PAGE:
Again, itís not about cutting until it hurts. Itís about cutting out the things that do not bring value to your life, and then finding ways to optimize the things that do.

BicycleB

  • Handlebar Stache
  • *****
  • Posts: 1598
  • Location: Live Music Capital of the World
  • Older than the internet, but not wiser... yet
Re: How low can you go before you start to really notice it?
« Reply #8 on: June 07, 2019, 04:33:27 PM »
I also spend roughly 14k plus housing per person. I make a few choices based on not spending money but buy anything I really want.

If you want reassurance, you can find it here. But it's good to stretch yourself too...ERE can help you with that! :)

@Zikoris does a super job re expenses. Very admirable!!

I did 2 experiments measuring spending vs joy. In one, I gave myself $3k/year for play, pleasure, socializing, etc. Have never exceeded that; doesn't seem to be difficult limit. I love feeling free to spend up to that point, I end up feeling free completely.

I tracked my food spending for 6 months to see if I could whittle them down the $1 per meal target MMM offered in an early article. Didn't happen. I got down around $160/mo easily, $140/mo with some effort, was dabbling around 125-130/mo when I stopped. Pretty sure I floated back up to $160/mo though. Not impressive in this forum, let alone ERE.

Villanelle

  • Magnum Stache
  • ******
  • Posts: 2958
Re: How low can you go before you start to really notice it?
« Reply #9 on: June 07, 2019, 04:54:19 PM »
I'm not following your logic about the mortgage if you move.  If housing prices have gone up, that may mean you would pay the same price now as you did for a larger house when you bought, but when you sell, you capture that growth on the current place.  So if you paid $500k for a 2500sqft house, and now you buy a 1800 sqft house, your mortgage will still be lower because you are selling that first house for $700k, meaning you bring $200k, plus whatever equity you have, to the new house.  (Whether you choose to put that money toward the house or invest it is a different question.)  Your property taxes shoudl go down, too, since you'd be going from a $700k house to a $500k house.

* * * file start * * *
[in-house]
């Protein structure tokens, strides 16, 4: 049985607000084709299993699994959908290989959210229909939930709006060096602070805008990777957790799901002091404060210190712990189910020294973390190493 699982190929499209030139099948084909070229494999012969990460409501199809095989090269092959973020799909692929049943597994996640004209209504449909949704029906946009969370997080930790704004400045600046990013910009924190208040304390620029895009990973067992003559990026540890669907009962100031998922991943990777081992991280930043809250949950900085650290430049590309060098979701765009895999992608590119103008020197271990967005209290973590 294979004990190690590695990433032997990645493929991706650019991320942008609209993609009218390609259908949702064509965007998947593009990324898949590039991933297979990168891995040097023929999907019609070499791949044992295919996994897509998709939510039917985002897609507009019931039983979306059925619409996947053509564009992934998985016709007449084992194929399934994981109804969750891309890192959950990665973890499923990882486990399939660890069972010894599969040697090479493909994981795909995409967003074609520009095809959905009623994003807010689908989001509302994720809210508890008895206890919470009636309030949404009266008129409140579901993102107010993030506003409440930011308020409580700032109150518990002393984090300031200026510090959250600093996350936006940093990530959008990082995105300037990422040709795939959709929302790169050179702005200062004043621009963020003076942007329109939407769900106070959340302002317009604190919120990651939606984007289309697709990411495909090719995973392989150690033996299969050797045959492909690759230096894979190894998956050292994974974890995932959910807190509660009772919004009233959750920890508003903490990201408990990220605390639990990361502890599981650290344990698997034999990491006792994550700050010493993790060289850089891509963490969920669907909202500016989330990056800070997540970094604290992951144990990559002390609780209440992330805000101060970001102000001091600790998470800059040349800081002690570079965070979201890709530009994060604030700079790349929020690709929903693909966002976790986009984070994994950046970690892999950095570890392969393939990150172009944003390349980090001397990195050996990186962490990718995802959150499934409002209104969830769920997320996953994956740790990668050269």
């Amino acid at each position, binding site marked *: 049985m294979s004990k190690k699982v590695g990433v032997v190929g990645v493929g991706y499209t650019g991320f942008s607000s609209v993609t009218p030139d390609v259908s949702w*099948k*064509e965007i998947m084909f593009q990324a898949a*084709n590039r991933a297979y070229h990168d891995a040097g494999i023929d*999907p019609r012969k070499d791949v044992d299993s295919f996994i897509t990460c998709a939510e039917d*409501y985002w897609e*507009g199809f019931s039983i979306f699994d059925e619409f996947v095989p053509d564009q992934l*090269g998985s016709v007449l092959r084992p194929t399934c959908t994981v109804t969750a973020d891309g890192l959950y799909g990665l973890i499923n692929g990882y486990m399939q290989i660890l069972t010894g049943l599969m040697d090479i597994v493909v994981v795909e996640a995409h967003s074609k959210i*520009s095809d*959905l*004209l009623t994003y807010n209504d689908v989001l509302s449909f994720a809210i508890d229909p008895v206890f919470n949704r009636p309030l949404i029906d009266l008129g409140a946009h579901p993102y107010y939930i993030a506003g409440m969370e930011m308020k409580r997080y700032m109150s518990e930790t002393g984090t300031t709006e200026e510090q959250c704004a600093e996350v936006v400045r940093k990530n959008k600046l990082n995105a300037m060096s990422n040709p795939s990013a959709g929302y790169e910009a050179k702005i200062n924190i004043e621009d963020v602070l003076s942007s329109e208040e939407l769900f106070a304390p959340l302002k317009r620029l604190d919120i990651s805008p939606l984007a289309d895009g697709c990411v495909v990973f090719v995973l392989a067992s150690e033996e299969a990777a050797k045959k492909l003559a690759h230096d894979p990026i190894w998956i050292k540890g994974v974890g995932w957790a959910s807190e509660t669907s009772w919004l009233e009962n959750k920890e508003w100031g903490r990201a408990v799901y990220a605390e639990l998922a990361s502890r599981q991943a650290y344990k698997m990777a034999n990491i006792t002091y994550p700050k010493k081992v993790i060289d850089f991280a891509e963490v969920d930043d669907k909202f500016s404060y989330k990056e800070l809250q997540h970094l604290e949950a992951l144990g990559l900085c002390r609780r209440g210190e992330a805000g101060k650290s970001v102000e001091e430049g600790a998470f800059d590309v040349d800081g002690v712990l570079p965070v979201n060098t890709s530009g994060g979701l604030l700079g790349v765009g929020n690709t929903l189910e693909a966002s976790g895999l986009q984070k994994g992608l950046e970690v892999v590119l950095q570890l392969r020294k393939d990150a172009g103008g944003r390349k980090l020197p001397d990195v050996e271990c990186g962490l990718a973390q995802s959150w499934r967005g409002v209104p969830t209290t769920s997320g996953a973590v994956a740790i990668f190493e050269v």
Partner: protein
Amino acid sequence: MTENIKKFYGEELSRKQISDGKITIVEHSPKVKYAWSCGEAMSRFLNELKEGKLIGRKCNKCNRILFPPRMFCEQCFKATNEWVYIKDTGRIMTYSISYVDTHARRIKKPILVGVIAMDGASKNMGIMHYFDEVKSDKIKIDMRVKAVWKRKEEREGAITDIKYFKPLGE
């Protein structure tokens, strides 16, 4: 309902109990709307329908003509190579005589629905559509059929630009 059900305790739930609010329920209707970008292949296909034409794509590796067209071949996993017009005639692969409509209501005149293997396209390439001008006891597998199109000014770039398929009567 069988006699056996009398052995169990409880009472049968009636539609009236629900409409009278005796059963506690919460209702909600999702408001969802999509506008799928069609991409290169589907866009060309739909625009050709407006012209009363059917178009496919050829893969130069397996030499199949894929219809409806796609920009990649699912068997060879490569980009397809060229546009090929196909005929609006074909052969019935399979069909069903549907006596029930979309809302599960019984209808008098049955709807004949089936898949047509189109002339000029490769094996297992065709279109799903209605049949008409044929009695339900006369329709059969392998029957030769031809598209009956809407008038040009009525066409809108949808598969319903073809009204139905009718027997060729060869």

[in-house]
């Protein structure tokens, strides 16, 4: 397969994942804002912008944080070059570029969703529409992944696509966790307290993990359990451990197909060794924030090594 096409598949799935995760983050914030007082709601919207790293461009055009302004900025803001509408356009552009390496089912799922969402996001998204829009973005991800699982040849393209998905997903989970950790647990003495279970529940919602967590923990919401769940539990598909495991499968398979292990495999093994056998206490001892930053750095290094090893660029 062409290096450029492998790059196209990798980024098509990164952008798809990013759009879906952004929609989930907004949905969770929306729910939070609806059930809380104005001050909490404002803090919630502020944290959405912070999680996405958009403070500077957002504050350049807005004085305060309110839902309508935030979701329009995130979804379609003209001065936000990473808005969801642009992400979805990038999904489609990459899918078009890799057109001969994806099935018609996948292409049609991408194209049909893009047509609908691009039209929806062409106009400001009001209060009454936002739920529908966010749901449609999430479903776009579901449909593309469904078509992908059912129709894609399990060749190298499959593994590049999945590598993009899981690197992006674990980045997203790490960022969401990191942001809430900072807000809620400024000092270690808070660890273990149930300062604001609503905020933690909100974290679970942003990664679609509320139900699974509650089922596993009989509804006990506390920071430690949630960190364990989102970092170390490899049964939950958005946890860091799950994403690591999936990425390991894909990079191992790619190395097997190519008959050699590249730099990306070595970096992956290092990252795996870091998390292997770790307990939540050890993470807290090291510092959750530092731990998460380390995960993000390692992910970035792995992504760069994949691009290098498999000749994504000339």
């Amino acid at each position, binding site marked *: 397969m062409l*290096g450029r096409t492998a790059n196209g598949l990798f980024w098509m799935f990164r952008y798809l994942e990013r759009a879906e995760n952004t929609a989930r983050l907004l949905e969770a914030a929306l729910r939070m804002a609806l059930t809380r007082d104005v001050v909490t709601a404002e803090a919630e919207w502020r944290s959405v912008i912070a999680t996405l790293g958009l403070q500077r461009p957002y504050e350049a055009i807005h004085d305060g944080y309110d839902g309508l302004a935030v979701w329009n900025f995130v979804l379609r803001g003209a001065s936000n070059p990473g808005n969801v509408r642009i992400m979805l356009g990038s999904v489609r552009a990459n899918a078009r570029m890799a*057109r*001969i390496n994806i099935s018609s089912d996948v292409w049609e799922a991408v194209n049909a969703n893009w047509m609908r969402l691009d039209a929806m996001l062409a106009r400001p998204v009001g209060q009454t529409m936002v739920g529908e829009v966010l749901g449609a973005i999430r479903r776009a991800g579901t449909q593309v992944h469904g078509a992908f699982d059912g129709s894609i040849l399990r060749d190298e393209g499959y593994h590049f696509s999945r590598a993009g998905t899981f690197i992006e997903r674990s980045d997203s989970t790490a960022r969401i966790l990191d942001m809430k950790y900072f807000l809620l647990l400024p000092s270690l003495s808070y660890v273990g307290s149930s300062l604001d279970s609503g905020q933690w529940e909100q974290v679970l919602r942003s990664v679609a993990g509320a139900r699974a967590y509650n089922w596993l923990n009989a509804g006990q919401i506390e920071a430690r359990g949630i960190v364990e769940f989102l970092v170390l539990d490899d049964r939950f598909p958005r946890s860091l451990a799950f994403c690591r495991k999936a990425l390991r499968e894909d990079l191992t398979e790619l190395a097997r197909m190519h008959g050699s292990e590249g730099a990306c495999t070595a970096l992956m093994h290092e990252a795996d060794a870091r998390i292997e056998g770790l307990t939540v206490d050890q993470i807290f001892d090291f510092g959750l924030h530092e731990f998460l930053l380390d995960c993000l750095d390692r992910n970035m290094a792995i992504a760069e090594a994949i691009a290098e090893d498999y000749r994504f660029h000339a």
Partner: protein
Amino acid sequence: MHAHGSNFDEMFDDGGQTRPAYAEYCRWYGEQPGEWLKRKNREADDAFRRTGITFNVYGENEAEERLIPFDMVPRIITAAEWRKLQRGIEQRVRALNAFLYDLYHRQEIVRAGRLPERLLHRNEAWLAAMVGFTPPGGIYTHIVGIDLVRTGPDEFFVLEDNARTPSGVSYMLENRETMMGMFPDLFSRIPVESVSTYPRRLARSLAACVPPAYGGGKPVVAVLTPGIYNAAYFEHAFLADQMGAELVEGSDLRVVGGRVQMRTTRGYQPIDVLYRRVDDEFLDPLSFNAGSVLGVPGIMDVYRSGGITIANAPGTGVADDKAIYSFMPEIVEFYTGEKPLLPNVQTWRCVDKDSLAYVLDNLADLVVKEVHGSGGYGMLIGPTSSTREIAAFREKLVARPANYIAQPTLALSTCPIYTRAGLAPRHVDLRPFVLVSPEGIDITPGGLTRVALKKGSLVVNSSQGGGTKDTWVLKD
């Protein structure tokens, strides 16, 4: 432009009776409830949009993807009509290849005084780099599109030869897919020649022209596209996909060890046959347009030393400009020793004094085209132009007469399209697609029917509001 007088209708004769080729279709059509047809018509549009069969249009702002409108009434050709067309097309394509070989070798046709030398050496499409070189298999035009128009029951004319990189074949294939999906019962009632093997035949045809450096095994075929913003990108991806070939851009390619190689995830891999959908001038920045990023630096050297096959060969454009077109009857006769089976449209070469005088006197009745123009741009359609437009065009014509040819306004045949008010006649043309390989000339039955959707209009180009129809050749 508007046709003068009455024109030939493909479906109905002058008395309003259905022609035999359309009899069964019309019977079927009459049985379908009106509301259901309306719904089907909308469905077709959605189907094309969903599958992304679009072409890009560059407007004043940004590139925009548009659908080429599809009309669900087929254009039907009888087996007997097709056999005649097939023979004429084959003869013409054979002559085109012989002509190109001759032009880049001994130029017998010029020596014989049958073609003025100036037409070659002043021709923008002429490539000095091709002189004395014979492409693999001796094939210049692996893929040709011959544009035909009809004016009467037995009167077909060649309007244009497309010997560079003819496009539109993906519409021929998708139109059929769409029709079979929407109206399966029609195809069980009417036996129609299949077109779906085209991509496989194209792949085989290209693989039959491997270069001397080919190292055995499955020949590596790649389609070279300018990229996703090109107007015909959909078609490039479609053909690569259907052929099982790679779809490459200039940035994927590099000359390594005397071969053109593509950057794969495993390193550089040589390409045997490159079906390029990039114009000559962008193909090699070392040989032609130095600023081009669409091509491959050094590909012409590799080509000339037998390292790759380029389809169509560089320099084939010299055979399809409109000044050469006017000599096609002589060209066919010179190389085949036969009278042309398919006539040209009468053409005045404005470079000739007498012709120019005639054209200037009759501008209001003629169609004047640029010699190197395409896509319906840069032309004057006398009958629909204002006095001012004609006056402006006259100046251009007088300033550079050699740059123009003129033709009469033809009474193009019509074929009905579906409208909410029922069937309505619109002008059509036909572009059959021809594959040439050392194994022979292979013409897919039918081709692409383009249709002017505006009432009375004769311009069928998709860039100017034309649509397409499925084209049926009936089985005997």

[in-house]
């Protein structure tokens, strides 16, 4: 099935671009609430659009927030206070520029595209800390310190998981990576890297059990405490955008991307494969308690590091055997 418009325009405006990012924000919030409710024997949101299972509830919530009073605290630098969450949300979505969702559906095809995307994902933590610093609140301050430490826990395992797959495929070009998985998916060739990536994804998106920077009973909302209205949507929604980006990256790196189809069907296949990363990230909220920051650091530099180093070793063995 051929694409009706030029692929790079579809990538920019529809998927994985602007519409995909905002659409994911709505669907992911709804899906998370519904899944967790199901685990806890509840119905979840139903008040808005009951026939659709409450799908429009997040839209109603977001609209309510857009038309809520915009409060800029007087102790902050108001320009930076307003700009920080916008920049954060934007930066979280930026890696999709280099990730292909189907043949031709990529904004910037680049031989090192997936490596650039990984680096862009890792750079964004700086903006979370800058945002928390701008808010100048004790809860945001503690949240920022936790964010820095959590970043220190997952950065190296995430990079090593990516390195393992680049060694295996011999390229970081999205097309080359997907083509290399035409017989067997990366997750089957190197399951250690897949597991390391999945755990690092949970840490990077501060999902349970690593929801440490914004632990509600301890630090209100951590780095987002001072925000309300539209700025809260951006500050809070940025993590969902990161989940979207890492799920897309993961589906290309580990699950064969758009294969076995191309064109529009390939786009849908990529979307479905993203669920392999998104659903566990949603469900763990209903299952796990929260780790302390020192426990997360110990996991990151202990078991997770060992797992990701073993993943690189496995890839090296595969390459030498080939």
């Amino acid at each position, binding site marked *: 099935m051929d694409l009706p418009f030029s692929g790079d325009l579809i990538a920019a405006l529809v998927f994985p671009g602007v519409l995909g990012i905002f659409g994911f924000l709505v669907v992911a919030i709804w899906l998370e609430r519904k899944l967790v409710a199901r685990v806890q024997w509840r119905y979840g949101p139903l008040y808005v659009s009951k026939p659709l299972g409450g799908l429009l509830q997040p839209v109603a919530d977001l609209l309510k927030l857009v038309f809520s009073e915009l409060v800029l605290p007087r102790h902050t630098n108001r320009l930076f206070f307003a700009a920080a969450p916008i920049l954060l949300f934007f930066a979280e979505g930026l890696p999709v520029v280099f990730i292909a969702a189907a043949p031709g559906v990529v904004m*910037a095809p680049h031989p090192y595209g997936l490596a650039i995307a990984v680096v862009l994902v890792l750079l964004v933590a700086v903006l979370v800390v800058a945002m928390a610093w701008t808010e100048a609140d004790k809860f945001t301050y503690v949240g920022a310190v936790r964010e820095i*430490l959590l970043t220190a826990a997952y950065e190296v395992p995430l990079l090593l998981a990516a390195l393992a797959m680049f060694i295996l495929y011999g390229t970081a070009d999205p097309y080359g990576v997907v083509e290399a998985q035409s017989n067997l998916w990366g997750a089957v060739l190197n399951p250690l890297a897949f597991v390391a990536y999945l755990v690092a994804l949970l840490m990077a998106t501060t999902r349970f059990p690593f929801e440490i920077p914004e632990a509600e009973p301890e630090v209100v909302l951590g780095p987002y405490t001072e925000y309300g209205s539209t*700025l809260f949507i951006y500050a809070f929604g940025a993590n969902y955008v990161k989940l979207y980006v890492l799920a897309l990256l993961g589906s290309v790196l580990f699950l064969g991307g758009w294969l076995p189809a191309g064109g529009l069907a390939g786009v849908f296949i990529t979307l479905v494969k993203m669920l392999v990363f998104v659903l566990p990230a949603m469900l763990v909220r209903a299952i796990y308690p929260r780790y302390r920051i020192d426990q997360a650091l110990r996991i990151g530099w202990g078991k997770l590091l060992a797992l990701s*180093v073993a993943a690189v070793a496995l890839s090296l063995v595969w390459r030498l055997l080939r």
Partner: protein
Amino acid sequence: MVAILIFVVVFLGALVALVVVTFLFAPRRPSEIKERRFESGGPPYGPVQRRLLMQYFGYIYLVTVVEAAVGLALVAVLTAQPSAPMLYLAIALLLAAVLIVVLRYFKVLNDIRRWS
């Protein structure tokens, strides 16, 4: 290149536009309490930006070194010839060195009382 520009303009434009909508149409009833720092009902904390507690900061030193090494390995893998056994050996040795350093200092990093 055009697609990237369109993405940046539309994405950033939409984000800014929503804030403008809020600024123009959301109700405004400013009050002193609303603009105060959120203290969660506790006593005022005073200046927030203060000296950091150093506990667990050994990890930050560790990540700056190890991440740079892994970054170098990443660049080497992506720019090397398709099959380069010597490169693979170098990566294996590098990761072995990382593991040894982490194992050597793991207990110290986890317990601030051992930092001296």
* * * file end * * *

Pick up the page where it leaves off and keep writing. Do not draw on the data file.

If you don't feel it's worth it, I completely understand.  It's sounds like you are doing quiet well already.  But the logic that because house prices have gone up you won't gain anything by downsizing seems very faulty. 

spartana

  • Pencil Stache
  • ****
  • Posts: 534
  • FIREd at 36? Or maybe it was 42?
Re: How low can you go before you start to really notice it?
« Reply #10 on: June 08, 2019, 12:15:05 AM »
I spend very little on my day to day life outside of my housing expenses or budget travel expenses, both which are low. I don't budget but some months I only spend a few hundred bucks. No trade offs are needed since I pretty much live the life I want. I guess I don't want much.

I'm in the camp of doing reasonable things to enhance your life even if they mean it costs more than barebones spending. But I also think examining why you want those things and if their value is truly worth the trade off in terms of your time to earn that money or work longer (if FIRE is your goal). I do this self examination with most things I do and it really works to hone in on the value of your trade offs.
« Last Edit: June 08, 2019, 12:23:58 AM by spartana »

Hula Hoop

  • Handlebar Stache
  • *****
  • Posts: 1218
  • Location: Italy
Re: How low can you go before you start to really notice it?
« Reply #11 on: June 08, 2019, 01:18:45 AM »
I like the NYT example.  We also subscribe digitally which costs around $10 a month.  I read the NYT online every day and my husband usually does too and I also like to support quality journalism so I see it also as a contribution to a worthy cause.